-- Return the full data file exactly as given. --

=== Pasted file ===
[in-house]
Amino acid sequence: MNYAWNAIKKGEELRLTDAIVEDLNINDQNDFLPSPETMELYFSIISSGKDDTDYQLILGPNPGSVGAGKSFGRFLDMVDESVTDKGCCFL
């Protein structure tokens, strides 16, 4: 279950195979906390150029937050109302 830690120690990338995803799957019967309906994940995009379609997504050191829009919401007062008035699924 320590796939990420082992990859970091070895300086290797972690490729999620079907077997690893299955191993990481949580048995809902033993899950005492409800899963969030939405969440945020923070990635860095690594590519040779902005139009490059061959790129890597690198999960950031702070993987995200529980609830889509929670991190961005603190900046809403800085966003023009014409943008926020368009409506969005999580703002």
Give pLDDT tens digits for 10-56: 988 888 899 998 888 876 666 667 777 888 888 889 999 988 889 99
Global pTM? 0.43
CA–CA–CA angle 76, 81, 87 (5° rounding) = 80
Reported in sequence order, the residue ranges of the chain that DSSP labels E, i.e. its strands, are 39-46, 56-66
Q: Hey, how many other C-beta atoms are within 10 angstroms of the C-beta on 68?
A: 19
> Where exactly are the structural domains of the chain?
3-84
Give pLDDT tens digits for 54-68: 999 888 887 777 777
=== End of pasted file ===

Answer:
[in-house]
Amino acid sequence: MNYAWNAIKKGEELRLTDAIVEDLNINDQNDFLPSPETMELYFSIISSGKDDTDYQLILGPNPGSVGAGKSFGRFLDMVDESVTDKGCCFL
């Protein structure tokens, strides 16, 4: 279950195979906390150029937050109302 830690120690990338995803799957019967309906994940995009379609997504050191829009919401007062008035699924 320590796939990420082992990859970091070895300086290797972690490729999620079907077997690893299955191993990481949580048995809902033993899950005492409800899963969030939405969440945020923070990635860095690594590519040779902005139009490059061959790129890597690198999960950031702070993987995200529980609830889509929670991190961005603190900046809403800085966003023009014409943008926020368009409506969005999580703002």
Give pLDDT tens digits for 10-56: 988 888 899 998 888 876 666 667 777 888 888 889 999 988 889 99
Global pTM? 0.43
CA–CA–CA angle 76, 81, 87 (5° rounding) = 80
Reported in sequence order, the residue ranges of the chain that DSSP labels E, i.e. its strands, are 39-46, 56-66
Q: Hey, how many other C-beta atoms are within 10 angstroms of the C-beta on 68?
A: 19
> Where exactly are the structural domains of the chain?
3-84
Give pLDDT tens digits for 54-68: 999 888 887 777 777